• Inform people about collection of personal data in advance
  • Give them a valid reason for collecting their data
  • Limit data collection to the specified reason
  • Seek consent to process data from data owners through opt-ins or check boxes
  • Specify the duration of data storage
  • Inform their audience of changes to the data collection process

6. Improve Data Security

Under the GDPR compliance requirements, the responsibility to protect private data from exploitation, misuse, and compromise lies with data collectors and processors. In 2024, companies can comply with this requirement by adopting better cybersecurity solutions. These include:
  • Protecting networks with VPNs, firewalls and layered approaches
  • Securing data through the use of up-to-date antivirus, data backups, encryptions, and tokenization
  • Implementing insider risk management tactics like monitoring employees, analyzing user and entity behavior and tracking third-party activities
  • Managing access controls through multi-factor authentication, identity management and private access

7. Get a Designated Data Protection Officer (DPO)

Another strategy that will ensure GDPR compliance in the business world is having a designated officer to handle data protection issues within companies. The DPO function can be outsourced or hired in-house to ensure a company complies with the IT requirements in the GDPR. The key roles of a DPO is to create awareness about GDPR requirements, support data protection impact assessments, monitor GDPR compliance, and report risks relating to data breach.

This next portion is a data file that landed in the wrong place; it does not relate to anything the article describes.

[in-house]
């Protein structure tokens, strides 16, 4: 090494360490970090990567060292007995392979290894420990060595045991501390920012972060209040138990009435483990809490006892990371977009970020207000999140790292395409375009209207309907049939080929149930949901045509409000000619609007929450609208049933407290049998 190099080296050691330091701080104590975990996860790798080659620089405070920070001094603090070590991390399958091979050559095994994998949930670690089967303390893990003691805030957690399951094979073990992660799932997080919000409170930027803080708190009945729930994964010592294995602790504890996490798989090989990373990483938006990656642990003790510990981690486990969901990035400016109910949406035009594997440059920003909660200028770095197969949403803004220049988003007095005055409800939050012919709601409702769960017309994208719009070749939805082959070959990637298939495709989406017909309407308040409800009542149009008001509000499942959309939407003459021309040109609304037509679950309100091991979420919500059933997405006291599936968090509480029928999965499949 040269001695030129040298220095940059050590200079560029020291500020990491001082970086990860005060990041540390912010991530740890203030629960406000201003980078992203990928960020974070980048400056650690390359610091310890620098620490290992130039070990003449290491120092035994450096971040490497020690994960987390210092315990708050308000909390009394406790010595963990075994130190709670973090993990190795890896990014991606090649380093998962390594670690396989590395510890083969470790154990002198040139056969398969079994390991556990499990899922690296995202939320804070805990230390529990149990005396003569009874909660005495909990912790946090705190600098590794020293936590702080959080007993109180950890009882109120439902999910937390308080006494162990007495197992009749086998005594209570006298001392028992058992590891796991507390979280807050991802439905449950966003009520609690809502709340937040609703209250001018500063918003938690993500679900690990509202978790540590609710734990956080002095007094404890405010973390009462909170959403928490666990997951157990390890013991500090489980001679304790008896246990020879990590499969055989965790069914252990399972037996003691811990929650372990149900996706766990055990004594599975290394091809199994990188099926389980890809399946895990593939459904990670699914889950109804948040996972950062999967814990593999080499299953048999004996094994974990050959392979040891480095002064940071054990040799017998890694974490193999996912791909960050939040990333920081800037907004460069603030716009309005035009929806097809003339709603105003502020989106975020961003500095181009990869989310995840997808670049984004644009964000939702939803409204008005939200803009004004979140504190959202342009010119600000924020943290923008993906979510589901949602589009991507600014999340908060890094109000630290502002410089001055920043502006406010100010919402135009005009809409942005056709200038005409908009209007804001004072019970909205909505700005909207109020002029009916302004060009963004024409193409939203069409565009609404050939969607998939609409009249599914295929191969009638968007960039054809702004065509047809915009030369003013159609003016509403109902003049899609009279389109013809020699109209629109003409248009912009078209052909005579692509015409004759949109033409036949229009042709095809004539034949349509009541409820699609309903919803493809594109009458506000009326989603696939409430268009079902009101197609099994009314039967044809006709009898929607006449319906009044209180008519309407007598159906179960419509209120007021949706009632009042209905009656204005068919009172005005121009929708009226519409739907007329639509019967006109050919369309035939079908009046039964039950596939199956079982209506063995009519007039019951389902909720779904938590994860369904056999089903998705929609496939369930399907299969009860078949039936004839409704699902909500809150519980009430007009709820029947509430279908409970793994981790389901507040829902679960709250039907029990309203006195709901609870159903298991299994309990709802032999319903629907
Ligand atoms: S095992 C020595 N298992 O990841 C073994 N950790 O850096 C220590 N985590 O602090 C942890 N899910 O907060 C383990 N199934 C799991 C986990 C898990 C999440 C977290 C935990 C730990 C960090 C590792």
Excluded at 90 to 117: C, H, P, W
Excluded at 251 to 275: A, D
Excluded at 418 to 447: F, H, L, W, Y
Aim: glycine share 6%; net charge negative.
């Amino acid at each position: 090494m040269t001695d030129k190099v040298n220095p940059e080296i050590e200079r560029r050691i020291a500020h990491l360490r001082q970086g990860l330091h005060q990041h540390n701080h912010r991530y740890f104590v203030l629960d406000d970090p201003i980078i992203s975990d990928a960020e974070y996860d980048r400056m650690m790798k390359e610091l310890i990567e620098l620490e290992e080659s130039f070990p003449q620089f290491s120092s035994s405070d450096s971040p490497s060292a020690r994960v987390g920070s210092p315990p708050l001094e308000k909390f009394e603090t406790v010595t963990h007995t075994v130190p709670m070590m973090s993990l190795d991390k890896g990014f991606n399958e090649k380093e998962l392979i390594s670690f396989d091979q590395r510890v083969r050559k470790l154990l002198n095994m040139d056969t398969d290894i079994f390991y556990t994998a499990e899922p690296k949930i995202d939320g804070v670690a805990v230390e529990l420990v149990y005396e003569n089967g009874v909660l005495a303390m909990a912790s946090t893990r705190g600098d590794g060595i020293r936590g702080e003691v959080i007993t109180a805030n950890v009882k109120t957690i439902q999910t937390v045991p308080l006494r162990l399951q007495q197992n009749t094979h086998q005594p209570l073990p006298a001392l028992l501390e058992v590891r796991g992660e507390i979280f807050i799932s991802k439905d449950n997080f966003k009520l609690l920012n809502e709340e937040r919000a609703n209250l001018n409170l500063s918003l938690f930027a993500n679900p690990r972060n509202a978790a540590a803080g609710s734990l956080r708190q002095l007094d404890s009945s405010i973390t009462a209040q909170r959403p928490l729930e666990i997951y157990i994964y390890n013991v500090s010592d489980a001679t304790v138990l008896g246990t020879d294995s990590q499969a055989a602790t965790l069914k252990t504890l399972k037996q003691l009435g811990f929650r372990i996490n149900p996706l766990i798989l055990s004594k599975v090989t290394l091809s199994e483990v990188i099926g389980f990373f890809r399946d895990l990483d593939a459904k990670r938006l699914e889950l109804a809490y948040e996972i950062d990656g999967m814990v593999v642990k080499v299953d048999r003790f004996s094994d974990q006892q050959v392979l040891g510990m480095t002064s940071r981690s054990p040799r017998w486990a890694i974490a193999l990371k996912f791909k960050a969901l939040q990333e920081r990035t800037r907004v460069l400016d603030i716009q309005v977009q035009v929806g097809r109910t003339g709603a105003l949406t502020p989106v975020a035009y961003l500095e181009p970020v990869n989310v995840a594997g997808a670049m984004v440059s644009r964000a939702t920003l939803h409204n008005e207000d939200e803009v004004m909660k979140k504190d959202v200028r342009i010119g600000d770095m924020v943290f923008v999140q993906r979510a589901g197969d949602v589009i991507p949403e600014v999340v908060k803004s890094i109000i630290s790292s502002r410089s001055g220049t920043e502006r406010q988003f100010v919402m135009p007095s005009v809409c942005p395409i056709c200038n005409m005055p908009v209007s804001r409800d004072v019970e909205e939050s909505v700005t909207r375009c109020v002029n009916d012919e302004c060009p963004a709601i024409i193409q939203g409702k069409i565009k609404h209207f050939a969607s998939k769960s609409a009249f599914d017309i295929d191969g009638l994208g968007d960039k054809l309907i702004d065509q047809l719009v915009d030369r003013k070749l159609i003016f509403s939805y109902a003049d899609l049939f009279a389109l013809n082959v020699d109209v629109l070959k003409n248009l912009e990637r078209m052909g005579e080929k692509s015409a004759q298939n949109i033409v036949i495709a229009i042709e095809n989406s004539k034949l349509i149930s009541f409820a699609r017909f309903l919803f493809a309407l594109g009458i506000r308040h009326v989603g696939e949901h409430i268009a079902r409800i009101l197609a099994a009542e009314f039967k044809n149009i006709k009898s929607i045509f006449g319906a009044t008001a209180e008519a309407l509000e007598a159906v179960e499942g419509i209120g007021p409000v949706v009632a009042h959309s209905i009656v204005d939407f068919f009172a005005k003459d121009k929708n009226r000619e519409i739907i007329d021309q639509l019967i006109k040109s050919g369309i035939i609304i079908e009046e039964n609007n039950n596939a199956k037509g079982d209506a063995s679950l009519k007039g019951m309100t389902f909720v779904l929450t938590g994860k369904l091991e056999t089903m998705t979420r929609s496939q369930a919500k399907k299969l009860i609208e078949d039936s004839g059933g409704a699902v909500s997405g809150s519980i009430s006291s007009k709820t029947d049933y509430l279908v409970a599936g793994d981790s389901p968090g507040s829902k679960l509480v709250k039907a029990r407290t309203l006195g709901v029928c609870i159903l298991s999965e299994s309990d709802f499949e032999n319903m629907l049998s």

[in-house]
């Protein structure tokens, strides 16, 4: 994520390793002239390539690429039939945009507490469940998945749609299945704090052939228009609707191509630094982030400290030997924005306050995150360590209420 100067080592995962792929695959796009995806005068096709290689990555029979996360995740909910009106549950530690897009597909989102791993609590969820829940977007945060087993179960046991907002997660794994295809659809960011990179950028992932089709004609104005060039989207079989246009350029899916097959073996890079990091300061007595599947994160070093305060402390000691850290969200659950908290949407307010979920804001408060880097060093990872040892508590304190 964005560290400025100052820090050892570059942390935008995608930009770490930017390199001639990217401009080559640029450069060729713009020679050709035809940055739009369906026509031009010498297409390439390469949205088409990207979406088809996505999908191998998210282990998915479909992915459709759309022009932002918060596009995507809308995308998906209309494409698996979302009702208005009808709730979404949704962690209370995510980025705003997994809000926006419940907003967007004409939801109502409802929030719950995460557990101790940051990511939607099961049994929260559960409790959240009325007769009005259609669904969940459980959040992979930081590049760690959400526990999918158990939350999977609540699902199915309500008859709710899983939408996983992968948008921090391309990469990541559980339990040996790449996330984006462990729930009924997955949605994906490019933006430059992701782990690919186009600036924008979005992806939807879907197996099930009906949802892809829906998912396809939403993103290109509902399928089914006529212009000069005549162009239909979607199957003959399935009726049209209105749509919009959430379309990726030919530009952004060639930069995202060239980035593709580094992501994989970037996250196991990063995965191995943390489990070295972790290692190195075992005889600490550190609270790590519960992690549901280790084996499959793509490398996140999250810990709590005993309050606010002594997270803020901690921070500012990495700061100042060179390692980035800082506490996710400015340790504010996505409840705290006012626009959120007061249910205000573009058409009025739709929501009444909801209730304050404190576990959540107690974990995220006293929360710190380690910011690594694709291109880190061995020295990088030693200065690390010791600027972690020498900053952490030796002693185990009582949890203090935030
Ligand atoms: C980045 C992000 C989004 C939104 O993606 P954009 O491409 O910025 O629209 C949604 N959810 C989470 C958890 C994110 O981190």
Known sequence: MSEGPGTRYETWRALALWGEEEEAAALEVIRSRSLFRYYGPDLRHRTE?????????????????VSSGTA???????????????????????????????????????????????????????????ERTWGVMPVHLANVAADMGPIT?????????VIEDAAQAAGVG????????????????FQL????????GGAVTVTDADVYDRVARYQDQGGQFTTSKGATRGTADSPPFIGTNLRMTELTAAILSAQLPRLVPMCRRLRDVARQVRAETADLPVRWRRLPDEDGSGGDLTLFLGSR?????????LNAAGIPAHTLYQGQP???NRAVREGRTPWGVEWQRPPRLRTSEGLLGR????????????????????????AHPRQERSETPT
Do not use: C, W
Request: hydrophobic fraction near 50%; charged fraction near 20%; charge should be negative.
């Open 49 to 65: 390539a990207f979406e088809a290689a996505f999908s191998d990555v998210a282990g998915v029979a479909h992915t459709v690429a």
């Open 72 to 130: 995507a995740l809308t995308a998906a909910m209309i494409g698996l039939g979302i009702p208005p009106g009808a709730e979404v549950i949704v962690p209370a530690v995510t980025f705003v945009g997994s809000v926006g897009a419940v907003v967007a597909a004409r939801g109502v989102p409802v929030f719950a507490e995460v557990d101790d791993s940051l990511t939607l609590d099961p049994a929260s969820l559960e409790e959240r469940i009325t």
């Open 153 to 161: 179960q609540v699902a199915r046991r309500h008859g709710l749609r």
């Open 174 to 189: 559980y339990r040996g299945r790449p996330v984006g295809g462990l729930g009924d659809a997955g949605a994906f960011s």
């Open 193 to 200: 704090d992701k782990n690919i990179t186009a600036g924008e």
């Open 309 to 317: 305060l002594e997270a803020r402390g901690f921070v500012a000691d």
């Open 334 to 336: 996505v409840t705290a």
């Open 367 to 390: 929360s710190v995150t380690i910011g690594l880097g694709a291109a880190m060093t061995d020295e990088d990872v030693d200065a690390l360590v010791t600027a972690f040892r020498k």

8. Document GDPR Compliance Procedures

Part of GDPR compliance is your ability to demonstrate adherence to the regulation and provide evidence that data processing complies to legal and security requirements. An effective way to do this is to document internal compliance processes, including how you secure personal data. Some of the essential documentation to include in your documentation are:
  • Details of data protection officer and controllers
  • Descriptions of the administrative and technical data security measures you implement
  • Flow of data in your company
  • Results of the data protection impact assessment

9. Set Up Data Breach Procedures

Personal data breaches like identity theft that are likely to harm data subjects must be reported as soon as they occur. This GDPR requirement means that companies must establish clear processes of detecting, reporting and probing data breaches. It’s important to note that failing to report data breaches can attract multiple fines under the GDPR.

10. Create GDPR Awareness

Sensitize employees and decision makers about GDPR regulations and data security practices. This awareness can enhance their cooperation and mobilize resources (financial, human resources, and technical) necessary for GDPR compliance. It would also help them to understand the impact of non-compliance to the company.


For many companies, complying with the GDPR can feel overwhelming. But this doesn’t have to be the case. Legal adherence can become easier for your company if you focus on implementing the GDPR compliance practices and strategies discussed above.
James Hughes

Tech Insights Digest